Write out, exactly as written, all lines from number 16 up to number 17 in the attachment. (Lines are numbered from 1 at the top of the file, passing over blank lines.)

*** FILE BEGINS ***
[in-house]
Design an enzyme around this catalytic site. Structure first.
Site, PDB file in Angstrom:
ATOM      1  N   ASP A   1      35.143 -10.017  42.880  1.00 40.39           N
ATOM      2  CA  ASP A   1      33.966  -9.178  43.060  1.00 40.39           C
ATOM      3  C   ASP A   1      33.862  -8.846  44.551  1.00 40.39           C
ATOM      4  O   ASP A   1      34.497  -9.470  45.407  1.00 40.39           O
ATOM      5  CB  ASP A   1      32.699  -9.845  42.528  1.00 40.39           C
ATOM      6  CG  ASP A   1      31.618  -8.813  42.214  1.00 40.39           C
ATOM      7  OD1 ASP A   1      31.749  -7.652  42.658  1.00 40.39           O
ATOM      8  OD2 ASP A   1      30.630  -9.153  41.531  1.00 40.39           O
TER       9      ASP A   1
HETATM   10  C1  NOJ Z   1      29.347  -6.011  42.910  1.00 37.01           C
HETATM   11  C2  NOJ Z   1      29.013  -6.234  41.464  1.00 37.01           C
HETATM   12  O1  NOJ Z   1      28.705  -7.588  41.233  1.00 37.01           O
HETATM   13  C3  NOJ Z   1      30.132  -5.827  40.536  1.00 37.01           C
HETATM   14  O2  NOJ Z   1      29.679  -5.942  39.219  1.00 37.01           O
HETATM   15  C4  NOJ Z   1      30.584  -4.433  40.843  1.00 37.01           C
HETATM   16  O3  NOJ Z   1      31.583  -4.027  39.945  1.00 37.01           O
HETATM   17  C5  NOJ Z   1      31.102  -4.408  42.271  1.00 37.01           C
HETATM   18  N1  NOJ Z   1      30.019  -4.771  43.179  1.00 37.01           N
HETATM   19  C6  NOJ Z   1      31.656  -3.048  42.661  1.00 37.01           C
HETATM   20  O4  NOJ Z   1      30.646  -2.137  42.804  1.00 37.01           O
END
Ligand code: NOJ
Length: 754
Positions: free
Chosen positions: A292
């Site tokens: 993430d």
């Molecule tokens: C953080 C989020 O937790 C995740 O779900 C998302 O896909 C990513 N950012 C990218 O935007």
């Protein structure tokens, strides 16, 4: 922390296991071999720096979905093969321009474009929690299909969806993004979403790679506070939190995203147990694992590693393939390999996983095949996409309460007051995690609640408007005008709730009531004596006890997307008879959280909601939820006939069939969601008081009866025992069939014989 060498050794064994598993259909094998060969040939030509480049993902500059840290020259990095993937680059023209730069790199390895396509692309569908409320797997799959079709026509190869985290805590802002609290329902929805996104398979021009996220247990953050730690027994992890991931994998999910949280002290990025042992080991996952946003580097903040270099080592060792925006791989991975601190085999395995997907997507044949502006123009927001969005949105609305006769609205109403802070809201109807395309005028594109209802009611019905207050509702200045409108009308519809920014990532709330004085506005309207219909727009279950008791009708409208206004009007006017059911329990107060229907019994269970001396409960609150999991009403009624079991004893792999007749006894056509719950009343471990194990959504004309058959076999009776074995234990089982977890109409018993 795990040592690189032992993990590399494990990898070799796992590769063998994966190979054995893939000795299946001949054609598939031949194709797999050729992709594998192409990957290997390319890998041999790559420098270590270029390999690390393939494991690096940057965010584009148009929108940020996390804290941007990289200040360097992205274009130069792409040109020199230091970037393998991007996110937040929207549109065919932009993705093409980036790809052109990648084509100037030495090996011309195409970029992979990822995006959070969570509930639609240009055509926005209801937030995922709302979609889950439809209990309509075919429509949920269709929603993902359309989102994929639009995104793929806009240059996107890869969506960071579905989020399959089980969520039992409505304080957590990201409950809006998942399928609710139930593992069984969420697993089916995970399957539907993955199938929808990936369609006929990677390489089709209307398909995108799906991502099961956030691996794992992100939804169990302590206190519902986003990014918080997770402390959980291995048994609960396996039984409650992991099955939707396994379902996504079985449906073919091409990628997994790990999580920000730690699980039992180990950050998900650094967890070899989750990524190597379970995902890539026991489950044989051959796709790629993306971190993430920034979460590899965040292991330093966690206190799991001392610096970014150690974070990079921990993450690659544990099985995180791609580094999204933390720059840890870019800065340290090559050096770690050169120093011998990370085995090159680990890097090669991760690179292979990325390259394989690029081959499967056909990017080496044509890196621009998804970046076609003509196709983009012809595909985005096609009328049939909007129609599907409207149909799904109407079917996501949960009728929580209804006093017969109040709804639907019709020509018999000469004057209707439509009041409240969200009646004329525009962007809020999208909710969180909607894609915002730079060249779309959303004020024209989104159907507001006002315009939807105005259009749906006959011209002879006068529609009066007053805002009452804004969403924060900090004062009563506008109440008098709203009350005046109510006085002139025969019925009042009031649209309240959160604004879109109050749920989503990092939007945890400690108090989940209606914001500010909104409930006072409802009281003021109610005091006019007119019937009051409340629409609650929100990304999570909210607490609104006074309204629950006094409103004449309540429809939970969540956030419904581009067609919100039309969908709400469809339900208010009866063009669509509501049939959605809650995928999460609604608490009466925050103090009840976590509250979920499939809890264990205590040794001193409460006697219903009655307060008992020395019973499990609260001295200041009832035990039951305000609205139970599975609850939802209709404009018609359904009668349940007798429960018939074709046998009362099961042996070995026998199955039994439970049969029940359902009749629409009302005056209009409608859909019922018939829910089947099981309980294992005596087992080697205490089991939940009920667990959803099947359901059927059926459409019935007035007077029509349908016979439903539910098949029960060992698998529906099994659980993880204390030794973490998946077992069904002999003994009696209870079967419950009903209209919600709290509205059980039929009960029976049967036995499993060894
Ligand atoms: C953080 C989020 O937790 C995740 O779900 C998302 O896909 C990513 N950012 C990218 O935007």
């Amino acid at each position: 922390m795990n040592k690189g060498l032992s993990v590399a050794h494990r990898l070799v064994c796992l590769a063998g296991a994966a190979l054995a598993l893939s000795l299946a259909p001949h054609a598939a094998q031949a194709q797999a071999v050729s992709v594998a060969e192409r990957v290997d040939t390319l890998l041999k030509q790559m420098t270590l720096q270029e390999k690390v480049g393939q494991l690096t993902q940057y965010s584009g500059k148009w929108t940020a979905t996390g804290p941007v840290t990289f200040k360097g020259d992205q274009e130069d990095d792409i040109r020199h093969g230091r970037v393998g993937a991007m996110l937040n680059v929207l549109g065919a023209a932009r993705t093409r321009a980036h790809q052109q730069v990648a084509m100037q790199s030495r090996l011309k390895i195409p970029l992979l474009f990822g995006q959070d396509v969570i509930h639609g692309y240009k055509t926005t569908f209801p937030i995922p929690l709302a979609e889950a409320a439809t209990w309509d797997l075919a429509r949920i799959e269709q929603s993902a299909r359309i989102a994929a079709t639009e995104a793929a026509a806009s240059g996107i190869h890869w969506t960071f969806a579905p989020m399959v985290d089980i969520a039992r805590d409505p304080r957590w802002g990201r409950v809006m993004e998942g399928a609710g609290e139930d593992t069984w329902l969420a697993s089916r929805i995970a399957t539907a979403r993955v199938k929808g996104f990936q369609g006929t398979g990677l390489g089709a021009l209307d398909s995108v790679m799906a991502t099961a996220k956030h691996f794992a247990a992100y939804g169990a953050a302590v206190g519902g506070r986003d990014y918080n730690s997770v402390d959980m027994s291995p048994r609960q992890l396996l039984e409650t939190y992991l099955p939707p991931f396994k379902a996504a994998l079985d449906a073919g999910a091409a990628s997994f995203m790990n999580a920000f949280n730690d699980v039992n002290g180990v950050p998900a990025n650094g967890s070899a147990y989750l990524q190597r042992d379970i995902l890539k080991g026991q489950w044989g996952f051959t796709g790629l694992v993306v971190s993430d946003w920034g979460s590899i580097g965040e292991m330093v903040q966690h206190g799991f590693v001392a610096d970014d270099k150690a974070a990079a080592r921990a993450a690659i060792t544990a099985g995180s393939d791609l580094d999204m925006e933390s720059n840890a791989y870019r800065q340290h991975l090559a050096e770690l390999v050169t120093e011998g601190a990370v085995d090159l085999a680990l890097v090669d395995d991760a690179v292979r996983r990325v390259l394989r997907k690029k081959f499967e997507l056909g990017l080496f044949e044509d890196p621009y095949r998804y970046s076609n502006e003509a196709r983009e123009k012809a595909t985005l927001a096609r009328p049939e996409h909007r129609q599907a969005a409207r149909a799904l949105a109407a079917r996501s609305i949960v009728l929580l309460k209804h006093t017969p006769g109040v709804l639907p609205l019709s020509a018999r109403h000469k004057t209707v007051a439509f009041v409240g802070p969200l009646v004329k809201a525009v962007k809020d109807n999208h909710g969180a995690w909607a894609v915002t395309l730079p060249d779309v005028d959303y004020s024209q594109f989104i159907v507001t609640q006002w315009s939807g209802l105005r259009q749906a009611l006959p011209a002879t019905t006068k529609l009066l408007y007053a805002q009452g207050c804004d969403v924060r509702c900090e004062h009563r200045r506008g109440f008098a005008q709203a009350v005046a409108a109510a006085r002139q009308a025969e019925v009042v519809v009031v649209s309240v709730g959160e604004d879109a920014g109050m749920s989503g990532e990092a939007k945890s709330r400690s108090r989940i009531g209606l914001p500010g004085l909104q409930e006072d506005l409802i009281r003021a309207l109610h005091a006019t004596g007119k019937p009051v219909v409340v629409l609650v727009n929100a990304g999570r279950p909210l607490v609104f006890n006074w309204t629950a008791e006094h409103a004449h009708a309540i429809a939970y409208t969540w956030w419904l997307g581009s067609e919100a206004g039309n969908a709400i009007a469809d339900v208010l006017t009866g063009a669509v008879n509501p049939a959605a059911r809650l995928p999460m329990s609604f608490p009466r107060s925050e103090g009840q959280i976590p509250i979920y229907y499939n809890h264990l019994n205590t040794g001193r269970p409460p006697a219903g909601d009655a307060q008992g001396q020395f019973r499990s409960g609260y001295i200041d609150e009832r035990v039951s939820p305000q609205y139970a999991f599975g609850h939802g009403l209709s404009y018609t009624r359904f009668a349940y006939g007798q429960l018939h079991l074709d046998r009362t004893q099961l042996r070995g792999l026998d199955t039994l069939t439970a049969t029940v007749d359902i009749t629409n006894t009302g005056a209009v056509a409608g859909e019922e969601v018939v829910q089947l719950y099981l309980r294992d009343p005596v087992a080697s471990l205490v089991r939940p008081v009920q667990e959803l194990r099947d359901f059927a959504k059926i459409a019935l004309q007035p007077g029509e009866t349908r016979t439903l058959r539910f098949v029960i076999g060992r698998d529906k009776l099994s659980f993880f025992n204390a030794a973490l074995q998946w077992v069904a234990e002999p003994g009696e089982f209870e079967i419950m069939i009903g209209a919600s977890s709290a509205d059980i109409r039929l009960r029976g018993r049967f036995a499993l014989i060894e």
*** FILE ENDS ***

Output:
HETATM   13  C3  NOJ Z   1      30.132  -5.827  40.536  1.00 37.01           C
HETATM   14  O2  NOJ Z   1      29.679  -5.942  39.219  1.00 37.01           O